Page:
Meet the reviewers:
Josh Gale is Wilderness magazine’s staff writer
Mark Banham is a Wilderness columnist living in Queenstown
Alistair Hall is Wilderness magazine’s editor
The North Face Hayasa $269.95
Right now there’s an ideological battle – a veritable design department brawl – going on between the minimalist and cushion-and-stabilise schools of thought in the running shoe industry. It seems, in the middle, saying “C’mon guys can’t we all be friends?” is the North Face with their Single-Track Hayasas.
These lightweight trail running shoes were co-designed by Japanese ultra-runner Tsuyoshi Kaburaki (hence their name, which comes from the Japanese for ‘speed’). At a glance they look vaguely retro with a low heel-rise, lightly cushioned design, but closer inspection reveals some nifty construction techniques like welded seams and an almost seamless inner.
The Hayasa’s sales rhetoric draws from both ideologies. On one hand, TNF talk about the ‘sensitive, close-to-trail ride’ and ‘neutral, low profile midsoles’ but then in the next breath waxes lyrical about the ‘Ortholite’ cushioning and ‘Heal [sic] Cradle’ technology.
Depending on your point of view you could say they’re an elegant compromise – or an unholy union between incompatible ideas. But really, the only way to know for sure is to lace ‘em up and hit the trail.
With that in mind I gave the Hayasas a thorough thrashing for this field test. They saw everything from interval training sessions at the local school oval to a muddy 33km run of the Routeburn Track. I have to say I was genuinely impressed with how well they performed.
The first thing I noticed is they’re light at 468g for a set – that’s 200g lighter than my current runners – which means over a marathon distance I’d be picking up something like five tonnes less shoe! They’re also super comfortable with virtually no interior seams so you can easily get away with going sock-free for shorter runs, but they still have just enough cushioning to carry you through the longer distances and rougher terrain.
Having said that, the Hayasas aren’t for everyone – their feather-light design and good ‘trail feel’ necessitates a lack of pronation control and cushioning. On the right feet they’ll let you go further and faster – but on the wrong ones and the only place you’ll be going fast, is down to the local physio.
On the whole a great job by The North Face.
– Mark Banham
Salewa Firetail $249
Salewa’s Firetail trail shoe tries to be everything to everyone – and succeeds. It is billed as the ‘first link between the comfort and lightness of trail runners with the technical features of an alpine approach shoe’. So it should suit runners and those walking trails equally.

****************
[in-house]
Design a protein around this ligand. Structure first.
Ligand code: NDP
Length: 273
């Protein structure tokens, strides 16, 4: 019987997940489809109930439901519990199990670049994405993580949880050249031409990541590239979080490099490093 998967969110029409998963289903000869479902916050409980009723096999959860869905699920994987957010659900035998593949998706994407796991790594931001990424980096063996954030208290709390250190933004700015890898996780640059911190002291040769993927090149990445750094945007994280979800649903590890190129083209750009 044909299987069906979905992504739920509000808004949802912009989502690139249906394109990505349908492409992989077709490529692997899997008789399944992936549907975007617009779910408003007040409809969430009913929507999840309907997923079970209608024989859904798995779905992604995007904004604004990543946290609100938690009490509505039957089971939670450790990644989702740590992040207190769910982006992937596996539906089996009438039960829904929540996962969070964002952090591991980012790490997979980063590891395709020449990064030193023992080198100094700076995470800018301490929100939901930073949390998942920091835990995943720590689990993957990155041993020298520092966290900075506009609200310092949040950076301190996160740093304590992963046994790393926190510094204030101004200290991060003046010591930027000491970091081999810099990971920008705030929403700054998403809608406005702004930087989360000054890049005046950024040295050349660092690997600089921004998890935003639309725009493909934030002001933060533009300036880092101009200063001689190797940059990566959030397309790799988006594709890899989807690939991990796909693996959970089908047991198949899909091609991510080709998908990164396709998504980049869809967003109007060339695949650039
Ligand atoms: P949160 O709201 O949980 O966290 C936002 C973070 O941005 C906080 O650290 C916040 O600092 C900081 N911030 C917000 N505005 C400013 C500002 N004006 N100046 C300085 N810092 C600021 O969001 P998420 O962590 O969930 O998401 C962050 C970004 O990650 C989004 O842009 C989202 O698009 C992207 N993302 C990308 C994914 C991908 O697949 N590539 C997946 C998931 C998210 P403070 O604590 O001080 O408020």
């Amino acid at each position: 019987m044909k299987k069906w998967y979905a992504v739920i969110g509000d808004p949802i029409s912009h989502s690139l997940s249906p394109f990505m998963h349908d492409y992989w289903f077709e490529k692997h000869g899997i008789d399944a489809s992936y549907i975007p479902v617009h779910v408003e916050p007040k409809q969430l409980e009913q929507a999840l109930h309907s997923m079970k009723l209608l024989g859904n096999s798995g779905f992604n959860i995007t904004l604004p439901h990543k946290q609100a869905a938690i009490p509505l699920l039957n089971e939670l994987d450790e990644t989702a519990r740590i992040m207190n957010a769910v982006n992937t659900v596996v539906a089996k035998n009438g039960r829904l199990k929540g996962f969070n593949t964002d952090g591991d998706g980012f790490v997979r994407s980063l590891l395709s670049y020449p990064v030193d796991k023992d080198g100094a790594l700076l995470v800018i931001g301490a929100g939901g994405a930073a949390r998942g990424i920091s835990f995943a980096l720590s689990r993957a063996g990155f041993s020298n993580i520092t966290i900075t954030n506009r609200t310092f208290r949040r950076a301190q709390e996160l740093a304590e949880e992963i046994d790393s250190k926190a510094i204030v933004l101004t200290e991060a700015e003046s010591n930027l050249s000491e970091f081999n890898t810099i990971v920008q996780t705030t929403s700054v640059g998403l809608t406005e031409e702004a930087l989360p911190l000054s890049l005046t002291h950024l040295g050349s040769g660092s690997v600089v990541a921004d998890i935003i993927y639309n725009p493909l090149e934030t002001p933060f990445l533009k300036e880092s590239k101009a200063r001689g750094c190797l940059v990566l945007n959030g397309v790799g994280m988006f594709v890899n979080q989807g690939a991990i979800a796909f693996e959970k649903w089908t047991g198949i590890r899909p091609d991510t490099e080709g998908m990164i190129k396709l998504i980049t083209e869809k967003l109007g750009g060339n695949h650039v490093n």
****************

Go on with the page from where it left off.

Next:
Since getting them a few weeks ago I’ve had a chance to test their mettle on a few trail runs on gnarly tracks in the Waitakere Ranges. Wearing the Firetails for the first time, I ran the Nihotupu Ridge Track with ultra runner Vicki Woolley who said it’s one of the toughest tracks in the ranges. Networks of slippery roots crisscross the track, as well as rocks and other hazards, but despite all the challenging foot work required I didn’t, and still haven’t, had any blisters, real hotspots or felt any stability issues.
The Firetails are seriously robust and appear to be made to take a thrashing. They have a stiff, moulded plastic exo-skeleton which is fixed to a stiff heel cup and, combined with the 3F lacing system, is designed to lock feet in place and provide extra stability. With a chunky rubber rand, they also give good protection.
The Gore-Tex liner kept my feet dry after running through puddles and small streams, though in the summer on a long trail run this might make them a little too warm. They have Vibram sticky rubber dot soles that provide good grip on most trail surfaces, except the most slippery rocks. I’ve run down some steep sections in them and felt confident, but for my local terrain – clay, mud, up and down scrambles – I would prefer to see more sharp-edged lugs to compliment the round circular mounds that make up the majority of the outersole.
My toes have plenty of room in them, but the shoes still feel tight fitting which they need to be when moving quickly over uneven terrain. However, at 410g the Firetails are slightly heavier than many other trail runners which usually weigh in between 300g to 350g.